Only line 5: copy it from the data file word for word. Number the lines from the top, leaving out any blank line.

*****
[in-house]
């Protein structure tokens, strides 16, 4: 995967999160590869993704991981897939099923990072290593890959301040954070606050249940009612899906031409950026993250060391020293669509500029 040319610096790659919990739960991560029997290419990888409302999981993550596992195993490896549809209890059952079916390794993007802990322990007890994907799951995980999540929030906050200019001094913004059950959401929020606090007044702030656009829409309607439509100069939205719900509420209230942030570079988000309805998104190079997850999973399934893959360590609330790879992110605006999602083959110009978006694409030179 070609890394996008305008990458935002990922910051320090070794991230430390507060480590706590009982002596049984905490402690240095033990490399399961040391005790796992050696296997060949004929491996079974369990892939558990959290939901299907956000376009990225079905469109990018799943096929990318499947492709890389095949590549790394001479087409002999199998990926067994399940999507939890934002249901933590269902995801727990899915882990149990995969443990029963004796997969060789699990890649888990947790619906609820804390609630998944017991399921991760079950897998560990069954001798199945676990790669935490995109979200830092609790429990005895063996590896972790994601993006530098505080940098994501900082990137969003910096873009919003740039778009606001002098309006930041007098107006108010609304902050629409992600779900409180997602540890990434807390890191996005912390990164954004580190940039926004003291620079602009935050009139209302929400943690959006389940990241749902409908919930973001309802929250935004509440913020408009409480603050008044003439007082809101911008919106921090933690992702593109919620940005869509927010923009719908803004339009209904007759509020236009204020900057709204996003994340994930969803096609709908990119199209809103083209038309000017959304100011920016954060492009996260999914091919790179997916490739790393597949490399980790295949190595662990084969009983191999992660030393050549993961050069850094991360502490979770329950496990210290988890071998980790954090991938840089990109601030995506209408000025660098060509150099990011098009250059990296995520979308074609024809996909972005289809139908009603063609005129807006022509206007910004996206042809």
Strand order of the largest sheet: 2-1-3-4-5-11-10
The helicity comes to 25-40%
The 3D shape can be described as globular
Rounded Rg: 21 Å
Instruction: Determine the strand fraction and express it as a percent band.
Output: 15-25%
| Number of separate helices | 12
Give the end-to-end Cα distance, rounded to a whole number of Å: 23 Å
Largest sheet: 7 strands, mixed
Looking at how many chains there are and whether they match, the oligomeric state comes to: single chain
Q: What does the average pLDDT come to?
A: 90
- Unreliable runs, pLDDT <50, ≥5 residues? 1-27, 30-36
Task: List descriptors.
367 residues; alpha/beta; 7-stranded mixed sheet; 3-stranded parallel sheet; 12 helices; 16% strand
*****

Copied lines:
The 3D shape can be described as globular